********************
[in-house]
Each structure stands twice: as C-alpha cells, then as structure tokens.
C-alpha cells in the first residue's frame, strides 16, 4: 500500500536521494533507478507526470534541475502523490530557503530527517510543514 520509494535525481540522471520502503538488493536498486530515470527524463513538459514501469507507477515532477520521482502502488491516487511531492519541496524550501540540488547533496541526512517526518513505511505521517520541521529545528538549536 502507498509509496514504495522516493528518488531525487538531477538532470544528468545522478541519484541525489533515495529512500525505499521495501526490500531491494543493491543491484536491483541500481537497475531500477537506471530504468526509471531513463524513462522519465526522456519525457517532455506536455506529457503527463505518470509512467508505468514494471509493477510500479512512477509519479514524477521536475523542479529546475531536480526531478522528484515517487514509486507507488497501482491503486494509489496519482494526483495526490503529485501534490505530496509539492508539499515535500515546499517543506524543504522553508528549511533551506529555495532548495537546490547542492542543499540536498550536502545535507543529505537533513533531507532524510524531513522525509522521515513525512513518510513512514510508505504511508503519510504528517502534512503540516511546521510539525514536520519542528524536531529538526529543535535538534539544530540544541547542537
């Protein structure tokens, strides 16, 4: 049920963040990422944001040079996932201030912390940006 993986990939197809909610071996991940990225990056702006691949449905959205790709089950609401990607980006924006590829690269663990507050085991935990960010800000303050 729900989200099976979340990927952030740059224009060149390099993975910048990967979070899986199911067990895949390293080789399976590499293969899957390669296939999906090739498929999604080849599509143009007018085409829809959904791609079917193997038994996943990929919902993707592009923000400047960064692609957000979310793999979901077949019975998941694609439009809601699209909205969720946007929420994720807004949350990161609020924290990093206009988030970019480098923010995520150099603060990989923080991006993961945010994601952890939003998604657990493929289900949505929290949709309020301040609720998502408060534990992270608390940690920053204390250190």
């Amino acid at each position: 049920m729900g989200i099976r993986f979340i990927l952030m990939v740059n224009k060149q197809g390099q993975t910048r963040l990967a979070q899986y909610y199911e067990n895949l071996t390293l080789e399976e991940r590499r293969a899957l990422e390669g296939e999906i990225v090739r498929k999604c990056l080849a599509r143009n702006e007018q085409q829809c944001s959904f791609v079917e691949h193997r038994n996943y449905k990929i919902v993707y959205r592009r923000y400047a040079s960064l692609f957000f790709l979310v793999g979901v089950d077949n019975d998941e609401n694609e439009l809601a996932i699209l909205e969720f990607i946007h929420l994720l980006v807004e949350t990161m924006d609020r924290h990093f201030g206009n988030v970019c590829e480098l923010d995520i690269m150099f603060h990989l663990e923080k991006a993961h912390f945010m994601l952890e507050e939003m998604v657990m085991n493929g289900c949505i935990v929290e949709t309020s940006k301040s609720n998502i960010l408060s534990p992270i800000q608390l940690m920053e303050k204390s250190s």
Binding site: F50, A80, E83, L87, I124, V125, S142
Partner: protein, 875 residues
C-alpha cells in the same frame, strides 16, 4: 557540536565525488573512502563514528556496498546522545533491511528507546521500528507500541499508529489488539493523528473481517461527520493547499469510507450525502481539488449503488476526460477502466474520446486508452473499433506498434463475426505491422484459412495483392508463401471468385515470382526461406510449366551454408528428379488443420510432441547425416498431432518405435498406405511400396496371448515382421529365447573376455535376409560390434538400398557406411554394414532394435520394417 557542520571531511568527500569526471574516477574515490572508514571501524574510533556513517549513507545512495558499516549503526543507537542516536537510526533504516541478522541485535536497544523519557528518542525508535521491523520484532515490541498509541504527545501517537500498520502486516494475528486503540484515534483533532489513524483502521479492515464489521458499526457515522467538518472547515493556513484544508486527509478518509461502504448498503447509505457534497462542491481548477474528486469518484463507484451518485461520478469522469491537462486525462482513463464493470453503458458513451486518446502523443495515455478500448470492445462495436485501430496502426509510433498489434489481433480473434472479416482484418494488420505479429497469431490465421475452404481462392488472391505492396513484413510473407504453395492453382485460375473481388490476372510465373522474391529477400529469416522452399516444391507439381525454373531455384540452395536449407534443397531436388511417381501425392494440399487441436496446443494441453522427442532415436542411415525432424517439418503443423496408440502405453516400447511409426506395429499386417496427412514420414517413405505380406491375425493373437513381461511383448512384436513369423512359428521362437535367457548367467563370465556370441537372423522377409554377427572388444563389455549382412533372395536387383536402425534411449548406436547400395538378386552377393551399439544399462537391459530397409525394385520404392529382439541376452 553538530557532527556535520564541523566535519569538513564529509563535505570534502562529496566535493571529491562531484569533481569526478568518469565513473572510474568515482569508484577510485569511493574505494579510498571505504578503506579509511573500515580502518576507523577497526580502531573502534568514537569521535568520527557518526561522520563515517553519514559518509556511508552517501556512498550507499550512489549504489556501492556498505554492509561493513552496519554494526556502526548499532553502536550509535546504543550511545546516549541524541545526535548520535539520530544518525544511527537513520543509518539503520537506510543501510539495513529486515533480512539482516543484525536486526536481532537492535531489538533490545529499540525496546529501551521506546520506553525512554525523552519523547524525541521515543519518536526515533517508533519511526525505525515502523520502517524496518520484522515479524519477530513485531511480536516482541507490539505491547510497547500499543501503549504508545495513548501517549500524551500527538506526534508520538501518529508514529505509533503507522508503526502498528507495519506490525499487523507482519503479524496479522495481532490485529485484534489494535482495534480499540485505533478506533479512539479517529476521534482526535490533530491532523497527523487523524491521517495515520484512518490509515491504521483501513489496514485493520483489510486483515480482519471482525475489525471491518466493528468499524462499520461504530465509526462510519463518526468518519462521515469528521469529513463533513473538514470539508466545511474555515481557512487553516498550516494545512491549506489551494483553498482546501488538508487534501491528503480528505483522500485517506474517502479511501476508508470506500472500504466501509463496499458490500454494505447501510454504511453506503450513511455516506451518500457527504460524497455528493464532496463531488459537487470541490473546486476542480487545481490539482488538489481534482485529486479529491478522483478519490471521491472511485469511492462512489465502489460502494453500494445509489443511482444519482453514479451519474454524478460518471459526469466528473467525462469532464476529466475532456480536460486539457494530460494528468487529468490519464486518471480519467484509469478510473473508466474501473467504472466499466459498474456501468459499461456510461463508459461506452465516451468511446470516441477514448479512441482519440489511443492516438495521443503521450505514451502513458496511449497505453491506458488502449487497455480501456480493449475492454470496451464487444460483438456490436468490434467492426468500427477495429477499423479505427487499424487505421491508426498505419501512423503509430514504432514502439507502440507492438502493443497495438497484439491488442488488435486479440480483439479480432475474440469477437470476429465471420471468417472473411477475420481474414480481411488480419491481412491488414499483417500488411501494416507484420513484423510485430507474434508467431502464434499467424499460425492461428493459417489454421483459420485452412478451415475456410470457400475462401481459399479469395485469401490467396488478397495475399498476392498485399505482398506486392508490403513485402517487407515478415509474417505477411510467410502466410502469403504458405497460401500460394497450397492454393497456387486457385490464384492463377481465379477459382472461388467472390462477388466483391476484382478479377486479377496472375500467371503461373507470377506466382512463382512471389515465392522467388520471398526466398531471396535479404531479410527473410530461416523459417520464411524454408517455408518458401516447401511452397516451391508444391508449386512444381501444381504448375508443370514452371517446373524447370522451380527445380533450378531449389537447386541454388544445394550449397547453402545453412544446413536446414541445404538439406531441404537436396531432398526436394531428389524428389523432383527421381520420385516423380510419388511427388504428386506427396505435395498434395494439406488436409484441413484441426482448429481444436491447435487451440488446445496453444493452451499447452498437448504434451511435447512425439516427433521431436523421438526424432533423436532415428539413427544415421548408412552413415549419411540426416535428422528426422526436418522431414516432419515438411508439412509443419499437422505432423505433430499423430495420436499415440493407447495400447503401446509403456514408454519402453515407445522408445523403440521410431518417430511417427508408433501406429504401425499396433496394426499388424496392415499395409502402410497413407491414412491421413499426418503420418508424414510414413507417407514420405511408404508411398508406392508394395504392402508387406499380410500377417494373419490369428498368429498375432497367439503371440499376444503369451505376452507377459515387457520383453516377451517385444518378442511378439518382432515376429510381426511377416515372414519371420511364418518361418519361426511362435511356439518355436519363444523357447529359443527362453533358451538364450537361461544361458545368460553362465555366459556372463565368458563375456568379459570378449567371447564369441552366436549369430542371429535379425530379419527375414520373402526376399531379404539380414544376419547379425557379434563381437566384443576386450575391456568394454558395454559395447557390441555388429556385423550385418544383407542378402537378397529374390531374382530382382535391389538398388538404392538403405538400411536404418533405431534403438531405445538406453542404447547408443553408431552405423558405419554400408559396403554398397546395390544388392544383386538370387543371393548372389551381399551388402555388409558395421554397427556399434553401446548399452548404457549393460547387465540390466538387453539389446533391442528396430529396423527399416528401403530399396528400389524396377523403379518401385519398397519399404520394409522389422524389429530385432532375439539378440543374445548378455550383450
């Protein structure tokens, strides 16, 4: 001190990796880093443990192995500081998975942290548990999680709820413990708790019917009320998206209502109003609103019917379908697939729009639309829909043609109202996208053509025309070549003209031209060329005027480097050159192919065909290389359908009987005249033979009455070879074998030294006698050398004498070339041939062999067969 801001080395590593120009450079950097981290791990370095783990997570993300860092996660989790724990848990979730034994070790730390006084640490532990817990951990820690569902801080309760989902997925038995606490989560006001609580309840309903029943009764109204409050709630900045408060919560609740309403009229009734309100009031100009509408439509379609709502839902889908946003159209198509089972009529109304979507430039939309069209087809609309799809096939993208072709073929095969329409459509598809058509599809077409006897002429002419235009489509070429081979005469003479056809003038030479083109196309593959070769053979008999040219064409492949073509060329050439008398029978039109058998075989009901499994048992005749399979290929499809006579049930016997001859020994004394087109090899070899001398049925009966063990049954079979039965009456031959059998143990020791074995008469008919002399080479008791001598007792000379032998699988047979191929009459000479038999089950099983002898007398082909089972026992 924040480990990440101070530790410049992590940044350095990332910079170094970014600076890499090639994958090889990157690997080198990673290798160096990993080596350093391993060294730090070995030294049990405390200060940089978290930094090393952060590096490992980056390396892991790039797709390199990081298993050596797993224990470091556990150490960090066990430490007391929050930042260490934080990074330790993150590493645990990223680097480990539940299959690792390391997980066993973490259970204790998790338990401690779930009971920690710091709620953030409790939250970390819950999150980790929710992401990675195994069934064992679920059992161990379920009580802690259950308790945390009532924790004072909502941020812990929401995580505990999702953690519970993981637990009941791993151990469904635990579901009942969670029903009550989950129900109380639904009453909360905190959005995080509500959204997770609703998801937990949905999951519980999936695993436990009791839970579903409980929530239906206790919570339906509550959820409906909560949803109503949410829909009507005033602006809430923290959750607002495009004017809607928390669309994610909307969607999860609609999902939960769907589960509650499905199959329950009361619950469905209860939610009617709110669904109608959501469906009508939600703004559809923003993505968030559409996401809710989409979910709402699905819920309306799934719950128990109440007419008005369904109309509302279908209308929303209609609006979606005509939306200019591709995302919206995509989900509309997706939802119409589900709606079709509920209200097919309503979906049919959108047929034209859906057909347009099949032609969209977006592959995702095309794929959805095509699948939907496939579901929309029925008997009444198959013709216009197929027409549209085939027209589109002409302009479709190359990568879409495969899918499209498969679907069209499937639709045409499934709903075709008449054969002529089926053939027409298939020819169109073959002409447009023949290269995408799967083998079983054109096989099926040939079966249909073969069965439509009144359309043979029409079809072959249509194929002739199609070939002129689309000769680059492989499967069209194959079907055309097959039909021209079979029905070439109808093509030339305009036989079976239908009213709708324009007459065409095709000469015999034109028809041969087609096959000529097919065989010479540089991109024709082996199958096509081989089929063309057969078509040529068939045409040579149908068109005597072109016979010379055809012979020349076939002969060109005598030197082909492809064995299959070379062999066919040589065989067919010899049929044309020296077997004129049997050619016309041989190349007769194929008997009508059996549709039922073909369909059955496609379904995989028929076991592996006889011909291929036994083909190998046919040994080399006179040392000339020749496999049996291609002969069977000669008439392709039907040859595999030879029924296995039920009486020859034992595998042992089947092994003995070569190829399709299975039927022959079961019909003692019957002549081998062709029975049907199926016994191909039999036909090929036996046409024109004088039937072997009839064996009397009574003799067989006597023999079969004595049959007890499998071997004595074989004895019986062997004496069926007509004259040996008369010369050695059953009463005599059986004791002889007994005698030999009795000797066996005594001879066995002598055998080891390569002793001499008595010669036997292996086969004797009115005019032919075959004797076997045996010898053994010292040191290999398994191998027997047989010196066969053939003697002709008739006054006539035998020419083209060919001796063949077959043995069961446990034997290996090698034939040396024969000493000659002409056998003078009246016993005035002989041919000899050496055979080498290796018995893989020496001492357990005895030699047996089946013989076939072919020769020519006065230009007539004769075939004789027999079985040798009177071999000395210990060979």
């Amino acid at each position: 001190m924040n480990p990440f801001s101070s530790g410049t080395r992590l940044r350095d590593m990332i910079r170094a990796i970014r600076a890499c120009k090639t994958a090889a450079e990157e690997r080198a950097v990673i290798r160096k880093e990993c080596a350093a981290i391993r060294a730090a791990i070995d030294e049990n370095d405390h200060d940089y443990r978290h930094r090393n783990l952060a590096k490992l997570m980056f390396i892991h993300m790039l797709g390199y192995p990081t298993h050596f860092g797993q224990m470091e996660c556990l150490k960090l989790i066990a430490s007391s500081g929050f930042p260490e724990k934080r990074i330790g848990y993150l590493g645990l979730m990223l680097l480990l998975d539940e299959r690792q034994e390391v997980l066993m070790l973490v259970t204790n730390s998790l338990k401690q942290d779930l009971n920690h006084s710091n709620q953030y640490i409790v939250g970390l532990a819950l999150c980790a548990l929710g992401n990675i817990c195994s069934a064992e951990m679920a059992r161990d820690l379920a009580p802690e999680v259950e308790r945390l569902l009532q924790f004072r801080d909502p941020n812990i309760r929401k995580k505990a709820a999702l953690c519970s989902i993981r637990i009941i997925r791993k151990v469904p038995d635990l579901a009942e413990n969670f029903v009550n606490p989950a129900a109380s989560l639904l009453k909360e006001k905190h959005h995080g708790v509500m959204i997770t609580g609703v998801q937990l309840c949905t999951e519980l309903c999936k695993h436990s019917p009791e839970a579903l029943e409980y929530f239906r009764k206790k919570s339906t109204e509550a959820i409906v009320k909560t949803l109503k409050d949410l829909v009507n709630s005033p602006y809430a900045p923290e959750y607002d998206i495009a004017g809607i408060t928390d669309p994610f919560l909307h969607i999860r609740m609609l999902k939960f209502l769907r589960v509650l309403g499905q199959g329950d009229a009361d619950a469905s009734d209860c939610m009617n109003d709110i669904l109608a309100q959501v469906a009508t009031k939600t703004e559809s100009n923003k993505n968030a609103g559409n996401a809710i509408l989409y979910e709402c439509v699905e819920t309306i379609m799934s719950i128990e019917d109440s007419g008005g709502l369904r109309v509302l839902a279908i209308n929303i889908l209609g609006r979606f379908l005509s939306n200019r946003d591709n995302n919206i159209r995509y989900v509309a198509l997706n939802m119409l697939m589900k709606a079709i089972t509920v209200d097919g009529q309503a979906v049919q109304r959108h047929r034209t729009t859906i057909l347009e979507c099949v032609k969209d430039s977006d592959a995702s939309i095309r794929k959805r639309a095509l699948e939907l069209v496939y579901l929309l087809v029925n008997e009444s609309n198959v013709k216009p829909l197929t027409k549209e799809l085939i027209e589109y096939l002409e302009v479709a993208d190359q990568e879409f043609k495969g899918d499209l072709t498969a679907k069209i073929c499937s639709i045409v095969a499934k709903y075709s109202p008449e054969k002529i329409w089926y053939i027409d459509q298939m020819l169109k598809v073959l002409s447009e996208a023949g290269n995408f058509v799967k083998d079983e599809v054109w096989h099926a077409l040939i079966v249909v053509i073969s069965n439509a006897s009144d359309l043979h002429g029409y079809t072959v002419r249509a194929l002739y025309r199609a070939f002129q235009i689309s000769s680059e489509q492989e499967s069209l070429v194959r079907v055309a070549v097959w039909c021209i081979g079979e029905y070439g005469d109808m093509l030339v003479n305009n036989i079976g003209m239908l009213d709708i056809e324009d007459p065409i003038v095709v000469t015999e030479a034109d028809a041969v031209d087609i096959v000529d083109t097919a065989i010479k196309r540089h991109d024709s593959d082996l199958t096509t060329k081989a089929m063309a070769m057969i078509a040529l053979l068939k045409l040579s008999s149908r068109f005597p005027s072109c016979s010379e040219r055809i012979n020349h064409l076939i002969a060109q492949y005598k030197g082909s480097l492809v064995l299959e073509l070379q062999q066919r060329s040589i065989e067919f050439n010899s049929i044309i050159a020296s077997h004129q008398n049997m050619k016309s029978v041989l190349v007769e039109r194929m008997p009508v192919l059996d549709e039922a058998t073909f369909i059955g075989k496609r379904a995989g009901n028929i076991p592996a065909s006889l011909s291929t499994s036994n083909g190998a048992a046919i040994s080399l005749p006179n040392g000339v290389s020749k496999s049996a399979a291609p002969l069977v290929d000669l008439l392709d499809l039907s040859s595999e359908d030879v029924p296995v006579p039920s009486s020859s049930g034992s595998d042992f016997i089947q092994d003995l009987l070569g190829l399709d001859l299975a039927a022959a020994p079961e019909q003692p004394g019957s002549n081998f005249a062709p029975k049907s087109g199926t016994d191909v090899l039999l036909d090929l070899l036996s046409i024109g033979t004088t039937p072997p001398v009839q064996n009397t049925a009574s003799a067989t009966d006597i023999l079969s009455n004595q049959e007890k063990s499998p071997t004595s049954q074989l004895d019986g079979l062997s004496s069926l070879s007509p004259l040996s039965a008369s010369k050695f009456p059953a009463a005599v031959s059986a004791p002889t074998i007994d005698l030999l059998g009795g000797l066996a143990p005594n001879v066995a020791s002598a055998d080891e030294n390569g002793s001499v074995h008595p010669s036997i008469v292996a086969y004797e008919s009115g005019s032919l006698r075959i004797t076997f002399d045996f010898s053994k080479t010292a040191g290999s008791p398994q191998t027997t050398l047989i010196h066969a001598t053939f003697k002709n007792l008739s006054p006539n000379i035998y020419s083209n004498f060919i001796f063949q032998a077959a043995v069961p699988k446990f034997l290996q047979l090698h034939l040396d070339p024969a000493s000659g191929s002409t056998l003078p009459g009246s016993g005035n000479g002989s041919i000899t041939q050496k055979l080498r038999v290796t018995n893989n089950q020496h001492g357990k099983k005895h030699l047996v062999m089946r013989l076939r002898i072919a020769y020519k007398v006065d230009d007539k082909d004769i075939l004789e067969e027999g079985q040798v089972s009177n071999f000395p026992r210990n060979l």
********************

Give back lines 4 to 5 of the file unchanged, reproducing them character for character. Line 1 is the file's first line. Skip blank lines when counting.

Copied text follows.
């Protein structure tokens, strides 16, 4: 049920963040990422944001040079996932201030912390940006 993986990939197809909610071996991940990225990056702006691949449905959205790709089950609401990607980006924006590829690269663990507050085991935990960010800000303050 729900989200099976979340990927952030740059224009060149390099993975910048990967979070899986199911067990895949390293080789399976590499293969899957390669296939999906090739498929999604080849599509143009007018085409829809959904791609079917193997038994996943990929919902993707592009923000400047960064692609957000979310793999979901077949019975998941694609439009809601699209909205969720946007929420994720807004949350990161609020924290990093206009988030970019480098923010995520150099603060990989923080991006993961945010994601952890939003998604657990493929289900949505929290949709309020301040609720998502408060534990992270608390940690920053204390250190």
């Amino acid at each position: 049920m729900g989200i099976r993986f979340i990927l952030m990939v740059n224009k060149q197809g390099q993975t910048r963040l990967a979070q899986y909610y199911e067990n895949l071996t390293l080789e399976e991940r590499r293969a899957l990422e390669g296939e999906i990225v090739r498929k999604c990056l080849a599509r143009n702006e007018q085409q829809c944001s959904f791609v079917e691949h193997r038994n996943y449905k990929i919902v993707y959205r592009r923000y400047a040079s960064l692609f957000f790709l979310v793999g979901v089950d077949n019975d998941e609401n694609e439009l809601a996932i699209l909205e969720f990607i946007h929420l994720l980006v807004e949350t990161m924006d609020r924290h990093f201030g206009n988030v970019c590829e480098l923010d995520i690269m150099f603060h990989l663990e923080k991006a993961h912390f945010m994601l952890e507050e939003m998604v657990m085991n493929g289900c949505i935990v929290e949709t309020s940006k301040s609720n998502i960010l408060s534990p992270i800000q608390l940690m920053e303050k204390s250190s």